LUNACY AT JOSHUA TREE – ONS – Matthews – 18 July 2020

LUNACY AT JOSHUA TREE – ONS – Matthews – 18 July 2020

LUNACY AT JOSHUA TREE — ONS-matthews – 18 july 2020 Compiled by Jim Matthews

Bees ‘force’ Joshua Tree officials to close two campgrounds and a visitor center

The CNN headline droned “Aggressive honey bees at Joshua Tree National Park force multiple campgrounds to close.”

The bees were apparently so aggressive that no one – not one person – was stung. Yet, the National Park Service decided to close two campgrounds – the Jumbo Rock Campground was closed on July 9 and Cottonwood on July 13 – along with the visitor center at Cottonwood.

The CNN story quoted Hannah Schwalbe, a Joshua Tree National Park employee, as saying “It is really intimidating when you get out of your car and there’s a huge swarm of bees that are looking for the water.”

Apparently people are so stupid that they believe that since humans are about 60 percent water, the bees will sting them to death and then suck all that fluid out of their dead bodies. So the park service decided to keep the people out and leave the place to the bees for at least a couple of weeks.

No, it’s not a big deal. It’s the “off” season at Joshua Tree, and there are other nearby campgrounds and visitor centers open, but this is so symptomatic of the kind of thinking we have today with public land managers.
We have turned national parks, forest, and other public lands into safe spaces.

Our public lands are no longer places to go and learn how nature works and where we fit into this process any longer. It’s a nature television show where you can smell the flowers and feel the summer heat (but not too much heat, or we’ll close the park for your safety). How long before Joshua Tree staff hands out parasols and misting bottles at the park entrance during the summer. How long before they make sure everyone has the required two quarts of water per person per vehicle, and doesn’t hike off the designated and patrolled trails. It is apparently what this generation of visitors wants, or at least this is what the park service staff believes. The public wants a packaged experience with predictable results. Or does it?

A lot of us have always loved going outdoors because it was not packaged or predictable. We didn’t demand groomed hiking trails, and we would scramble up unnamed peaks with binoculars to look for wildlife at dusk from a high vantage point, often returning to our camp or vehicle in the dark on some faint game trail. We didn’t worry about getting lost or falling and breaking a leg. We knew that mountain lions might be watching us and licking their chops. All of those things are part of why we went. We were prepared with gear and knowledge that would assure our survival in almost any circumstance. Almost. There have been three verified mountain lion-caused deaths in California in recent years (and likely at least that many more others that could not be verified). In all three cases, the lion was eating the body.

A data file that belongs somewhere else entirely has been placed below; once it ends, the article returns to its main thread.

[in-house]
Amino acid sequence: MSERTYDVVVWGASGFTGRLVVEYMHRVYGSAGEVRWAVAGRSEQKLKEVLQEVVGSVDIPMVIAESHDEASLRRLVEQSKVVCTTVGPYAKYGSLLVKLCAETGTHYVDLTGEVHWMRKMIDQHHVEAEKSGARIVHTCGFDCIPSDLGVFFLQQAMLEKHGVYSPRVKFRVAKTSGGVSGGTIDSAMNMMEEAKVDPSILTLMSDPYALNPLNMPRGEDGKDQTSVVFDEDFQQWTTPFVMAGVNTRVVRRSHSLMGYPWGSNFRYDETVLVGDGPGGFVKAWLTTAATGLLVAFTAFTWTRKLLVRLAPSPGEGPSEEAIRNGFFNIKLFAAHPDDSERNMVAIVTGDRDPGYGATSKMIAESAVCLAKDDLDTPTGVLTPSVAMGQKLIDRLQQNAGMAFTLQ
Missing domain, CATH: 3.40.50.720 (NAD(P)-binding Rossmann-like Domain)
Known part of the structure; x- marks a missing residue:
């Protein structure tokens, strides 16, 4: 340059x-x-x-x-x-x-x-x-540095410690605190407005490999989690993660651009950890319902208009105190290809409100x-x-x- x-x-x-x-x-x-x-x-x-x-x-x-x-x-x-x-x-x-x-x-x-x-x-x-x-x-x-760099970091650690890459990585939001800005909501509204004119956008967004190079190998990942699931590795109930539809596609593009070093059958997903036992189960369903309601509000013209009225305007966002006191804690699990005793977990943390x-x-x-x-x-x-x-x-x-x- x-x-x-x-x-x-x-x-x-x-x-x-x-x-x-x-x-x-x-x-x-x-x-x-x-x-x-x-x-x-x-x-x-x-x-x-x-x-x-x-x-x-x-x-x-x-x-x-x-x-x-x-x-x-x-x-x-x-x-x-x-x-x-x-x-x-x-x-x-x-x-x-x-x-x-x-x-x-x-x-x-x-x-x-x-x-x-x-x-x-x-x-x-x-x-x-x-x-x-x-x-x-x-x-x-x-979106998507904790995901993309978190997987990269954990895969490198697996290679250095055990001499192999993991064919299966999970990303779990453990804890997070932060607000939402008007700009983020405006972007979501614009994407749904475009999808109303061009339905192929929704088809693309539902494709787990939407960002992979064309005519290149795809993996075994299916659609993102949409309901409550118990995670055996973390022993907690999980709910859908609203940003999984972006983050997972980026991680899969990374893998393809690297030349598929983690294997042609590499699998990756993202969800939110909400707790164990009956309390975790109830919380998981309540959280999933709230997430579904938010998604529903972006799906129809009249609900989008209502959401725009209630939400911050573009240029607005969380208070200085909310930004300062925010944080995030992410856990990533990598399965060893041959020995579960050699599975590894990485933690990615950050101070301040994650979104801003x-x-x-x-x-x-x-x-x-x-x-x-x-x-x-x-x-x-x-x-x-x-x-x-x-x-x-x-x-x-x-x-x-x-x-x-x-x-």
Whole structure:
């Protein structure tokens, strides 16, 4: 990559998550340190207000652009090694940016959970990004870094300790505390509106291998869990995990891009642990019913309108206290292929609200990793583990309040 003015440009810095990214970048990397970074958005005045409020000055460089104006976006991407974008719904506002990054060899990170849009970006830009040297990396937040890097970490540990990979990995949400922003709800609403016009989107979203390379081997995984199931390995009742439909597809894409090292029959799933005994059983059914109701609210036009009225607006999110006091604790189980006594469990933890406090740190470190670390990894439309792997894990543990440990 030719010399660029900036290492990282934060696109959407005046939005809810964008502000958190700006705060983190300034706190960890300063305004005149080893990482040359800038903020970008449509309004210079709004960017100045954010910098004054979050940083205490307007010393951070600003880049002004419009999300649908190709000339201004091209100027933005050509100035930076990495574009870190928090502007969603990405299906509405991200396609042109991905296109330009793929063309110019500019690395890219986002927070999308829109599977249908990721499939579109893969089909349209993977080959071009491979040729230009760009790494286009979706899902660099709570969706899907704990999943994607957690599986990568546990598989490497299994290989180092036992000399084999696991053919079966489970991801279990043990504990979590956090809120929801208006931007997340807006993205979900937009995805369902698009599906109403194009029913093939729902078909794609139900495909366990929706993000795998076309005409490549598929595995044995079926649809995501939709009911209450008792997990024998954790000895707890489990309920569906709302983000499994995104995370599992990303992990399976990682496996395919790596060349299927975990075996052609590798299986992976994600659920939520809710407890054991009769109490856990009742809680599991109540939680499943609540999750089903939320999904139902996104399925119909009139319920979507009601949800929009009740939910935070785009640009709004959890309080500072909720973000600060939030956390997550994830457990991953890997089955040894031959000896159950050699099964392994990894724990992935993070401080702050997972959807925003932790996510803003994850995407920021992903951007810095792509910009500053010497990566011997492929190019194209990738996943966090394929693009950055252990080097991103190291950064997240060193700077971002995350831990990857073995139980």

In the NPS view, adventure isn’t part of the package, and they manage for the lowest common denominator of incompetent outdoor enthusiast. The management fear this pampered generation would sue the NPS if they were stung by “one of the parks’ bees.” They close off vast areas if grizzly bears or mountain lions are seen on “human” trails or bike ways. Staff and rangers have to reassure campers that the coyotes they hear yipping will not be eating them before dawn. The NPS assumes – and sadly it may be right – that we want armchair nature with a tan.
What have we come to when we close campgrounds because of bees?

Bacteria outbreak in DFW hatcheries does not appear to be spreading yet

The bacterial outbreak at the Mojave River Hatchery in Victorville and two Eastern Sierra Nevada hatchery has note spread, according to Jay Rowan, the environmental program manager with the DFW’s hatchery program in Sacramento. The agency received good news this week, when it was confirmed that Southern California’s only other DFW fish hatchery – the Fillmore Hatchery – did not test positive for the bacteria.

So far the bacteria has killed more than 1/10th of the 650,000 trout at Mojave River, as warm weather and warming water in the facility increases the death toll. None of the trout still alive will be planted for anglers because the DFW does not want to spread the bacteria into wild populations.

The Fillmore Hatchery, which had been shut down for repairs, has just recently come back on line, and Rowan said all of its different lots of fish were tested for the bacteria and none tested positive. This means that at least some of Southern California’s trout planting will come back on line this fall and winter as these trout mature into catchable-sized fish.

“We’re not going to be able to make up what Mojave and Fillmore would have planted out with both operating, but at least Southern California waters will get a portion of the allocated trout plants, probably starting in the fall,” said Rowan.

It was originally announced that no plants in the region were likely through the fall and winter.

Testing shows the genetic strain of bacteria the DFW has discovered in its three hatcheries and Jess Ranch Hatchery, a private hatchery in Hesperia, is from Washington state. The DFW’s working theory is the bacteria arrived in birds’ fecal matter because the agency has not received any shipments of trout from this region.

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